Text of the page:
Why me? Just because
You want to hate Liam Gallagher. After all, he’s the main reason Oasis split up 10 years ago in Paris (ironically, at a music festival I went 10 times in a row after that). And he’d been vocally annoying even before that: in many ways, (Liam) Gallagher visibly still acts like a low level Manchester thug, even though he’s now one of the most celebrated artists on the face of the earth, has millions of devoted fans (despite all of it), and now has a solo career that in anything but laughable.
I say ‘acts like’ because it is not entirely certain how much in Gallagher’s behavior is act and how much is actual rudeness — although probably a bit of both. Either way, the man is back this year (last month, to be precise) with his second solo album, Why me? Why not, following the two albums he released with Beady Eye… following Oasis’ discography that is a fairly well known of the British musical lexicon. And, again, you would like to be critical of the work: his brother Noel Gallagher was always the principal songwriter in Oasis, the man behind “Wonderwall” and “Don’t look back in anger” alike. And Noel has a flourishing post-Oasis career of his own, having produced no less than three albums with his High flying birds.
Yet… against most odds, it is Liam’s latest work that comes out ahead. Specifically, the third single out of his new album, “One of us”.
From the initial, interestingly arrhythmic drumbeat to the chorus that is more of a melancholic chant than a chorus per se, that song is a little piece of British pop rock at its absolute finest. The voice is not too harsh (that had happened before), the melody is quite engaging, and subtly featured strings come to enhance the finished product. In other words, a beautiful, coherent, smooth track to be enjoyed without moderation.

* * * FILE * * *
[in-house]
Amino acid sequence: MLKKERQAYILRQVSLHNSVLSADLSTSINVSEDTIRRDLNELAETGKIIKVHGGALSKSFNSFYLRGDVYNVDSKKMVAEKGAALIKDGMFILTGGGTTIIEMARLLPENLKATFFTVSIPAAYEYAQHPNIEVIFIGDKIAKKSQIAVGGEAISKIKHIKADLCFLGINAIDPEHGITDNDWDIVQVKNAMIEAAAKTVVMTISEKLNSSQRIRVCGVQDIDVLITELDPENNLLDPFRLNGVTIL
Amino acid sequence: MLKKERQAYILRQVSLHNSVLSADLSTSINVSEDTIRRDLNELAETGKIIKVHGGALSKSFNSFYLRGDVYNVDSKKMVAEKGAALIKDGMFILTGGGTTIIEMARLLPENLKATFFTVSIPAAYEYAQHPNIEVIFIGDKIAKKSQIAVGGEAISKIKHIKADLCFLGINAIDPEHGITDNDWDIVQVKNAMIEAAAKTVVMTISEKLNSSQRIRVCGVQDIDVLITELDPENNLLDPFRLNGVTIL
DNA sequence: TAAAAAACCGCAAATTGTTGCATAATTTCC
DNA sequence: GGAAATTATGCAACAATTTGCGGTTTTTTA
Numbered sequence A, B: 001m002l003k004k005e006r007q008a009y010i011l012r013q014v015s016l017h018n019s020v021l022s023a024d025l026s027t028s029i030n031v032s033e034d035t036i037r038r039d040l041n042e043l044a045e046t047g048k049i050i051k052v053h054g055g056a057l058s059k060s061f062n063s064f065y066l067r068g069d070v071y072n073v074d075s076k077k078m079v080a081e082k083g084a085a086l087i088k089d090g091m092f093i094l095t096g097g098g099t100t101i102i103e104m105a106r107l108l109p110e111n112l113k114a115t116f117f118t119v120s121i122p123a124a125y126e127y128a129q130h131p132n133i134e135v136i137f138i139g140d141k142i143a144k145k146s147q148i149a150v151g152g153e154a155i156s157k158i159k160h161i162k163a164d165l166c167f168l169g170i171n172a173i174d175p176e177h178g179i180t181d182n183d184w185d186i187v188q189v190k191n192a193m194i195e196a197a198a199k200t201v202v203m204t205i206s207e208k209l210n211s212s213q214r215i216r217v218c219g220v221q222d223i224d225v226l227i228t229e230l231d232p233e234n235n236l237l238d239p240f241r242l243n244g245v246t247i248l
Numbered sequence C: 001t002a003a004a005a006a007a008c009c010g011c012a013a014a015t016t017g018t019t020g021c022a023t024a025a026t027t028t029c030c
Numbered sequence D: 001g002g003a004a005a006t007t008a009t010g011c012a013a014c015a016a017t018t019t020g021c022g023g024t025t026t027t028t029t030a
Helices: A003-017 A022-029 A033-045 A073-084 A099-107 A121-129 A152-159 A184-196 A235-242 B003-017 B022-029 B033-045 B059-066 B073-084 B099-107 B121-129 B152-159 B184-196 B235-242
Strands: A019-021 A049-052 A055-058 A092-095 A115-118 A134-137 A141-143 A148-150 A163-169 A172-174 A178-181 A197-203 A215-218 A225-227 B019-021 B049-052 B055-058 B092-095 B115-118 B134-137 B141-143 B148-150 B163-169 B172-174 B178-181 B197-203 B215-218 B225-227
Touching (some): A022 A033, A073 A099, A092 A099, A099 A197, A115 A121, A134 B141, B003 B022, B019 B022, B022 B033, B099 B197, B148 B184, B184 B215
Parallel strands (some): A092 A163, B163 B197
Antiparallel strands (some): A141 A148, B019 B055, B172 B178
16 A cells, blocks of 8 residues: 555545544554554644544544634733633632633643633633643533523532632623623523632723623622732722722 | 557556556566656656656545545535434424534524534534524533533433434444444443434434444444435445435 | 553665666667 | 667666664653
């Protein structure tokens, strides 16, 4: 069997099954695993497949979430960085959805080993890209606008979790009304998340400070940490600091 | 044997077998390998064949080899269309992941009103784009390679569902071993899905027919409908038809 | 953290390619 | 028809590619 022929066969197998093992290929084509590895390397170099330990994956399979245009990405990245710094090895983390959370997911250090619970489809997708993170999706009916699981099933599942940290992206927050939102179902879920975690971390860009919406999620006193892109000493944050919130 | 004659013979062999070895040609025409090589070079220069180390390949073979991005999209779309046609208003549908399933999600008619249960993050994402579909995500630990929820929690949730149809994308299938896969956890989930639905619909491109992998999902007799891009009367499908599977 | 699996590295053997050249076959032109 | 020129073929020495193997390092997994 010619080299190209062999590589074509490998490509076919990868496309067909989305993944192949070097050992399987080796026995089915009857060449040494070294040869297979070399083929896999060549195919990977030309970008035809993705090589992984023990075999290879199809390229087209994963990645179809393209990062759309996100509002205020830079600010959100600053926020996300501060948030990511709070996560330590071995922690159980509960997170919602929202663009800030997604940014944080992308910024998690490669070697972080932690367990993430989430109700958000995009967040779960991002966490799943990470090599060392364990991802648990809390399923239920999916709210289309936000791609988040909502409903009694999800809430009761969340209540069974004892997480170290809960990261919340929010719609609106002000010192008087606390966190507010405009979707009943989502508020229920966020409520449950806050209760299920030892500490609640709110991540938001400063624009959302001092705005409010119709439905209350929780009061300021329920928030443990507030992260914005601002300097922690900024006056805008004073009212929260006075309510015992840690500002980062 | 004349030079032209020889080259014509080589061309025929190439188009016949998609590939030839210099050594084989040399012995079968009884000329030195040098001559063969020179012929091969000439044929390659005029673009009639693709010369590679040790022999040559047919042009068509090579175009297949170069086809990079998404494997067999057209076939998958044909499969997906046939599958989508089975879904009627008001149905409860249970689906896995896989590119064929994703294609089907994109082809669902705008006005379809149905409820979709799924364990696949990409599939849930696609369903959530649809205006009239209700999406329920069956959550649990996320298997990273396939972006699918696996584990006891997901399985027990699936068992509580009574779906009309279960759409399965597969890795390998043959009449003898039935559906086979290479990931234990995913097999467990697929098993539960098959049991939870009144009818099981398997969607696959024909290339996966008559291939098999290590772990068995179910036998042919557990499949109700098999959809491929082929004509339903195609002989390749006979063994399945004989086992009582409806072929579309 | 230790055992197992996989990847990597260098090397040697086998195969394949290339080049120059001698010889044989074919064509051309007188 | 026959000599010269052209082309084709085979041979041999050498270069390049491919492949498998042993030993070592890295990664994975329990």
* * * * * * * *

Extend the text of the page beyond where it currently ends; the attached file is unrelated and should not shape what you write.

The song may arguably not be the greatest tune of the year (that would be Cardi B’ “Please me”; OK, that’s a joke, but Iggy Pop’s haunting “James Bond” might take that prize), it may not even be (Liam) Gallagher’s best — I would still go for his timely confessional “For what it’s worth” — but it is darn efficient nonetheless (no cursing here, the man has done enough on his own). And the fact that Peaky Blinders creators helmed the accompanying video doesn’t hurt either.
But what is truly surprising is that Liam’s latest output readily beats out Noel’s, the perfectly listenable but somewhat detached “Black star dancing”. After a decade of parallel careers, and while many (myself included) would have bet on Noel emerging as the obvious star that he is, it turns out that little Liam is not little anymore, and that he indeed has very interesting (musical) things to say to all of us. Never say never…